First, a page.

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Based on his study, Slobodchikoff and his colleague developed an algorithm that turns prairie dogs' vocalisations into English and founded a company called Zoolingua to develop more technology that could allow humans to communicate with animals in an understandable language.
According to Slobodchikoff, prairie dogs make high-pitched calls to warn others of predators.
The calls vary depending on the size and type of predator in their midst. The prairie dogs combine the calls in a number of ways to communicate and they are even able to indicate the colour of a nearby human's clothing.
"I thought, if we can do this with prairie dogs, we can certainly do it with dogs and cats," Slobodchikoff was quoted as saying.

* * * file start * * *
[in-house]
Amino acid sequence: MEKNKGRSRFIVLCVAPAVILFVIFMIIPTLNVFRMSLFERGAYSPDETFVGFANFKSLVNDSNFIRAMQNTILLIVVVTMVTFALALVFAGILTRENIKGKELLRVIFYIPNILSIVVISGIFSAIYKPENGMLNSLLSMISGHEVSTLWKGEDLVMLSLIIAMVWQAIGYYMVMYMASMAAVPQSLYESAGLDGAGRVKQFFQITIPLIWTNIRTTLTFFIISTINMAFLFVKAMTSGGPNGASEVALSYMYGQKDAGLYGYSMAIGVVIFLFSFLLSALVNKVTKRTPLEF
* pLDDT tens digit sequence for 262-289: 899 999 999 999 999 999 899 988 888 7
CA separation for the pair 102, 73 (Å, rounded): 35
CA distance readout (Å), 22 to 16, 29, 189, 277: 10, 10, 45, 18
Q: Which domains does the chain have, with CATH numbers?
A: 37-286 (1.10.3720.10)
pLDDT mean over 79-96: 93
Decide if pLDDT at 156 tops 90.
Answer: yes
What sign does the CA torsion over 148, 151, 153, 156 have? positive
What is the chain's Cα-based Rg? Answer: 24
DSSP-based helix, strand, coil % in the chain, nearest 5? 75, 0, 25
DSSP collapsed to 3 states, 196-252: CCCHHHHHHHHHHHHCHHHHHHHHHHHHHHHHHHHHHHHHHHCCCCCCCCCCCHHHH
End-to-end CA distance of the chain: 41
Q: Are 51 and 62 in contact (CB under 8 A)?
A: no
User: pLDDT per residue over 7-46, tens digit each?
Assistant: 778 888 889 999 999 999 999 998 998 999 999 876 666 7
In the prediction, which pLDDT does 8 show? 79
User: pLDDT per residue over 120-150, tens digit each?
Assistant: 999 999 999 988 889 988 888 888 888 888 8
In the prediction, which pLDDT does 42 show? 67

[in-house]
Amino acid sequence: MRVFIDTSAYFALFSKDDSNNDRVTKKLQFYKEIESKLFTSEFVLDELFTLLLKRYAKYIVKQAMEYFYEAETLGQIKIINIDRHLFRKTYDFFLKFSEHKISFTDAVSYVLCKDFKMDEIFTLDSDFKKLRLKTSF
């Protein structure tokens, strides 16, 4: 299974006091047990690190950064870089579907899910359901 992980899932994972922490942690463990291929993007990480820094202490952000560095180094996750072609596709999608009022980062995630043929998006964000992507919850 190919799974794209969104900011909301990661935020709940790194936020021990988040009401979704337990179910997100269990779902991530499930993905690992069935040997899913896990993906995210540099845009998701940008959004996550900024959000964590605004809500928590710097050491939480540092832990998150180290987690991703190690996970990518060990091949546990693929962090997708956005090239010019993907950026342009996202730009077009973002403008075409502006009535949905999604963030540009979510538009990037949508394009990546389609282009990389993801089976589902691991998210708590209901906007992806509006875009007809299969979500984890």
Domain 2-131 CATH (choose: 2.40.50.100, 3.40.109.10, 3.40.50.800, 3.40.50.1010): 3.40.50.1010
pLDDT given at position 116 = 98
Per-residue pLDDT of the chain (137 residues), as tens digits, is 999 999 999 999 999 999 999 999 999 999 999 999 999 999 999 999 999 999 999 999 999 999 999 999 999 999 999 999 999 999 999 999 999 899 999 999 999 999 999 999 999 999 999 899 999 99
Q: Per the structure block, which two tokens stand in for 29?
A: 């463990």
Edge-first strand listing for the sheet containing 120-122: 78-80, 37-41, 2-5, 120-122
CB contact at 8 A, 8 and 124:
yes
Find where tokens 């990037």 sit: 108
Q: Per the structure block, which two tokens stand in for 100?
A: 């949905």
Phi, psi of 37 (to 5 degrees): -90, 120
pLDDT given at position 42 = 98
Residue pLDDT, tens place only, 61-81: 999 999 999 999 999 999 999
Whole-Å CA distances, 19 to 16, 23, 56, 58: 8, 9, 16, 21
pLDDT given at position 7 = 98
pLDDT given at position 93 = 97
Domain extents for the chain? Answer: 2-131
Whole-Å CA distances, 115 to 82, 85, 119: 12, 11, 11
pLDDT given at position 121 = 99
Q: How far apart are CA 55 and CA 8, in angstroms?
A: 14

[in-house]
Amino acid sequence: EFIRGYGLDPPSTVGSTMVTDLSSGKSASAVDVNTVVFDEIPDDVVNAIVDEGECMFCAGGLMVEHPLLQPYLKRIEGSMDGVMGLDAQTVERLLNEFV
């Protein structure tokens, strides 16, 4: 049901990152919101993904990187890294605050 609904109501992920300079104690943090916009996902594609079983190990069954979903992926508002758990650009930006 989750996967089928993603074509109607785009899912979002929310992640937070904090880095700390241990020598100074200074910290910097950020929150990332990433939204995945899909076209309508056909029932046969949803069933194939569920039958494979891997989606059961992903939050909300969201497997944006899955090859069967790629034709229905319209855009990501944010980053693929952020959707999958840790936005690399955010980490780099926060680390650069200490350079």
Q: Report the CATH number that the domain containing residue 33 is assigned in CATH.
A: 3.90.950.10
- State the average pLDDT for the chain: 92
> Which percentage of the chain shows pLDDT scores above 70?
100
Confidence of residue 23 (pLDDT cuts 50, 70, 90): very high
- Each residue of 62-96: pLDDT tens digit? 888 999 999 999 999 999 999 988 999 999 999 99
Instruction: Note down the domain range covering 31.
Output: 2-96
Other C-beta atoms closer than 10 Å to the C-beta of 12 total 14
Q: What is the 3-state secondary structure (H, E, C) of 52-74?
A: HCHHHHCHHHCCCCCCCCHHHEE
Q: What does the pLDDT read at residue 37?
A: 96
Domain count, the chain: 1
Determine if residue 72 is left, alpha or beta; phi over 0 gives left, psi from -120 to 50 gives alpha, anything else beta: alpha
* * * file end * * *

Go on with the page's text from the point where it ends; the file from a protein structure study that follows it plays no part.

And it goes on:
Slobodchikoff and his team are sifting through thousands of videos of dogs to analyse their various barks and body movements. The videos will be used to teach an AI algorithm about these communication signals.
The team still has not come up with an algorithm for understanding the meaning behind each bark or tail wag.
"This kind of technology could help humans better understand dogs and their behaviour. You could use that information and instead of backing the dog into a corner, give the dog more space," Slobodchikoff said.